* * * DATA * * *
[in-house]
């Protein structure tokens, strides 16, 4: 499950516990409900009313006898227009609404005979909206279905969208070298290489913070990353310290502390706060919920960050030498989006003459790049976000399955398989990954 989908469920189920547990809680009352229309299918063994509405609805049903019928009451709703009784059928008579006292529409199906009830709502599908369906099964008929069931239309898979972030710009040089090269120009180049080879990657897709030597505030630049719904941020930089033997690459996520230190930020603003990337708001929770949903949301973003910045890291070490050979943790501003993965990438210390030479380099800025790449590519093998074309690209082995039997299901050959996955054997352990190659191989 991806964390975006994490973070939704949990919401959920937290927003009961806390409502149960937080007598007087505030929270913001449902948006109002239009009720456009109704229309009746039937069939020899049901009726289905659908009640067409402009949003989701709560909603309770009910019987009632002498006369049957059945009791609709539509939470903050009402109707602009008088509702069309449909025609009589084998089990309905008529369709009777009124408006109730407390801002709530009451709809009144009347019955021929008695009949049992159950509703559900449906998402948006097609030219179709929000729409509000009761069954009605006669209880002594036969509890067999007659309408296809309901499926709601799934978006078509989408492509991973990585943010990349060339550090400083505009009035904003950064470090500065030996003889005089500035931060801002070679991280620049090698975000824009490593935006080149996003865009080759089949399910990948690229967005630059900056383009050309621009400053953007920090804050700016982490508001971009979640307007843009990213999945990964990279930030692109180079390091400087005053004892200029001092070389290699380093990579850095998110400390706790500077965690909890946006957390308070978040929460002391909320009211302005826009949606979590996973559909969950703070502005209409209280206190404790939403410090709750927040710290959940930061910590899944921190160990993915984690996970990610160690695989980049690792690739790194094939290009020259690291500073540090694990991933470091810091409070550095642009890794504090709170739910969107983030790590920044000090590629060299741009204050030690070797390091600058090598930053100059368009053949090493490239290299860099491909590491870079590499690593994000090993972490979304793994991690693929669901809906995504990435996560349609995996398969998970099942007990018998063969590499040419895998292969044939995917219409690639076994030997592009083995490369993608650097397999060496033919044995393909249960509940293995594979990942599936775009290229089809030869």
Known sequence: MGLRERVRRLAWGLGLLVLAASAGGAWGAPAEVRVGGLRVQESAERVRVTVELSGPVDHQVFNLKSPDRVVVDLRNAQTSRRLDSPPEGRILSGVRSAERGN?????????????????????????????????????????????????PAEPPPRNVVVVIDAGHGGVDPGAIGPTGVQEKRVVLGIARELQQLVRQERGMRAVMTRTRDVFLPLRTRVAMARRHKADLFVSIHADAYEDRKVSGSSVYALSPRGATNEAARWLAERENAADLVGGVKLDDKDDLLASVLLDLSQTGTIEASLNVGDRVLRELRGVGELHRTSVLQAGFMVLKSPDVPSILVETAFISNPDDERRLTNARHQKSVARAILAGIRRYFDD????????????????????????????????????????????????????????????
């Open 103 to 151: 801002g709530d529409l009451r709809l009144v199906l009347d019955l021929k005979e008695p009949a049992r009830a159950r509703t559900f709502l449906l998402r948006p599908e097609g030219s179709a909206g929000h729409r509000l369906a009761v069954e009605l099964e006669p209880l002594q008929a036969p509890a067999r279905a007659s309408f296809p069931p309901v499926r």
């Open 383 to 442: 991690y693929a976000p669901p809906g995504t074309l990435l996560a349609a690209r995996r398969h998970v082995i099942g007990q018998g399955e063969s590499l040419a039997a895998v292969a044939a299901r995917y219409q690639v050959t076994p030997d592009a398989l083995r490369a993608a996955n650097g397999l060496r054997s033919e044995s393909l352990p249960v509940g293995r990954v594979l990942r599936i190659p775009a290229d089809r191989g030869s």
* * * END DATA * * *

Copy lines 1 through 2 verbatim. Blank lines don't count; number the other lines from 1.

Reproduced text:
[in-house]
């Protein structure tokens, strides 16, 4: 499950516990409900009313006898227009609404005979909206279905969208070298290489913070990353310290502390706060919920960050030498989006003459790049976000399955398989990954 989908469920189920547990809680009352229309299918063994509405609805049903019928009451709703009784059928008579006292529409199906009830709502599908369906099964008929069931239309898979972030710009040089090269120009180049080879990657897709030597505030630049719904941020930089033997690459996520230190930020603003990337708001929770949903949301973003910045890291070490050979943790501003993965990438210390030479380099800025790449590519093998074309690209082995039997299901050959996955054997352990190659191989 991806964390975006994490973070939704949990919401959920937290927003009961806390409502149960937080007598007087505030929270913001449902948006109002239009009720456009109704229309009746039937069939020899049901009726289905659908009640067409402009949003989701709560909603309770009910019987009632002498006369049957059945009791609709539509939470903050009402109707602009008088509702069309449909025609009589084998089990309905008529369709009777009124408006109730407390801002709530009451709809009144009347019955021929008695009949049992159950509703559900449906998402948006097609030219179709929000729409509000009761069954009605006669209880002594036969509890067999007659309408296809309901499926709601799934978006078509989408492509991973990585943010990349060339550090400083505009009035904003950064470090500065030996003889005089500035931060801002070679991280620049090698975000824009490593935006080149996003865009080759089949399910990948690229967005630059900056383009050309621009400053953007920090804050700016982490508001971009979640307007843009990213999945990964990279930030692109180079390091400087005053004892200029001092070389290699380093990579850095998110400390706790500077965690909890946006957390308070978040929460002391909320009211302005826009949606979590996973559909969950703070502005209409209280206190404790939403410090709750927040710290959940930061910590899944921190160990993915984690996970990610160690695989980049690792690739790194094939290009020259690291500073540090694990991933470091810091409070550095642009890794504090709170739910969107983030790590920044000090590629060299741009204050030690070797390091600058090598930053100059368009053949090493490239290299860099491909590491870079590499690593994000090993972490979304793994991690693929669901809906995504990435996560349609995996398969998970099942007990018998063969590499040419895998292969044939995917219409690639076994030997592009083995490369993608650097397999060496033919044995393909249960509940293995594979990942599936775009290229089809030869």